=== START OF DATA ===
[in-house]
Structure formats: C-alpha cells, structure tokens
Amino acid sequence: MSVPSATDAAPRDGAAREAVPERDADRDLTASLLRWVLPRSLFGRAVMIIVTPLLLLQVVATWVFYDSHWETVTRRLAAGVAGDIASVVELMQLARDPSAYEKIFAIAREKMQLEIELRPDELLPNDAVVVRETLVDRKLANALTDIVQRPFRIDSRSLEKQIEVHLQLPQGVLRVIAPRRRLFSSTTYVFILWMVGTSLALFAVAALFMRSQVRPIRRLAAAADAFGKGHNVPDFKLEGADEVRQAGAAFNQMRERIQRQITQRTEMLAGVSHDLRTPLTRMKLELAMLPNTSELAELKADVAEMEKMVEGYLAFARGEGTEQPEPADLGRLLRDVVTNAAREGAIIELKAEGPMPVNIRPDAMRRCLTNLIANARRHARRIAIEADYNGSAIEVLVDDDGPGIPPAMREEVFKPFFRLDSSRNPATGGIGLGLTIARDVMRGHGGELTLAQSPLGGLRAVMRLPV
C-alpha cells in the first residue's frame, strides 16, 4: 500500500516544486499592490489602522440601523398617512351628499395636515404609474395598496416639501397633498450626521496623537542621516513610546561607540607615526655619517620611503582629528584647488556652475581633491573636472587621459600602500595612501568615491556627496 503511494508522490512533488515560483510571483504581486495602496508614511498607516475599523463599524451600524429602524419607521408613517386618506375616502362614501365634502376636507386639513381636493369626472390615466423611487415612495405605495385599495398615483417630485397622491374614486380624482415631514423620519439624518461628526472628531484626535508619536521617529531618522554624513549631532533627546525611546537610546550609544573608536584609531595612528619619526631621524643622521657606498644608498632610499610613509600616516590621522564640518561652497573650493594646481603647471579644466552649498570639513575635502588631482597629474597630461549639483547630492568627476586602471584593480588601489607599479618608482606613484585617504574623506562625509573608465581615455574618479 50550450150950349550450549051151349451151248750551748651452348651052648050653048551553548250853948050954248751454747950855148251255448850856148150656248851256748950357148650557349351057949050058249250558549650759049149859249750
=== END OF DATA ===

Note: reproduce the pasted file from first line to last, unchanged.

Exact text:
[in-house]
Structure formats: C-alpha cells, structure tokens
Amino acid sequence: MSVPSATDAAPRDGAAREAVPERDADRDLTASLLRWVLPRSLFGRAVMIIVTPLLLLQVVATWVFYDSHWETVTRRLAAGVAGDIASVVELMQLARDPSAYEKIFAIAREKMQLEIELRPDELLPNDAVVVRETLVDRKLANALTDIVQRPFRIDSRSLEKQIEVHLQLPQGVLRVIAPRRRLFSSTTYVFILWMVGTSLALFAVAALFMRSQVRPIRRLAAAADAFGKGHNVPDFKLEGADEVRQAGAAFNQMRERIQRQITQRTEMLAGVSHDLRTPLTRMKLELAMLPNTSELAELKADVAEMEKMVEGYLAFARGEGTEQPEPADLGRLLRDVVTNAAREGAIIELKAEGPMPVNIRPDAMRRCLTNLIANARRHARRIAIEADYNGSAIEVLVDDDGPGIPPAMREEVFKPFFRLDSSRNPATGGIGLGLTIARDVMRGHGGELTLAQSPLGGLRAVMRLPV
C-alpha cells in the first residue's frame, strides 16, 4: 500500500516544486499592490489602522440601523398617512351628499395636515404609474395598496416639501397633498450626521496623537542621516513610546561607540607615526655619517620611503582629528584647488556652475581633491573636472587621459600602500595612501568615491556627496 503511494508522490512533488515560483510571483504581486495602496508614511498607516475599523463599524451600524429602524419607521408613517386618506375616502362614501365634502376636507386639513381636493369626472390615466423611487415612495405605495385599495398615483417630485397622491374614486380624482415631514423620519439624518461628526472628531484626535508619536521617529531618522554624513549631532533627546525611546537610546550609544573608536584609531595612528619619526631621524643622521657606498644608498632610499610613509600616516590621522564640518561652497573650493594646481603647471579644466552649498570639513575635502588631482597629474597630461549639483547630492568627476586602471584593480588601489607599479618608482606613484585617504574623506562625509573608465581615455574618479 50550450150950349550450549051151349451151248750551748651452348651052648050653048551553548250853948050954248751454747950855148251255448850856148150656248851256748950357148650557349351057949050058249250558549650759049149859249750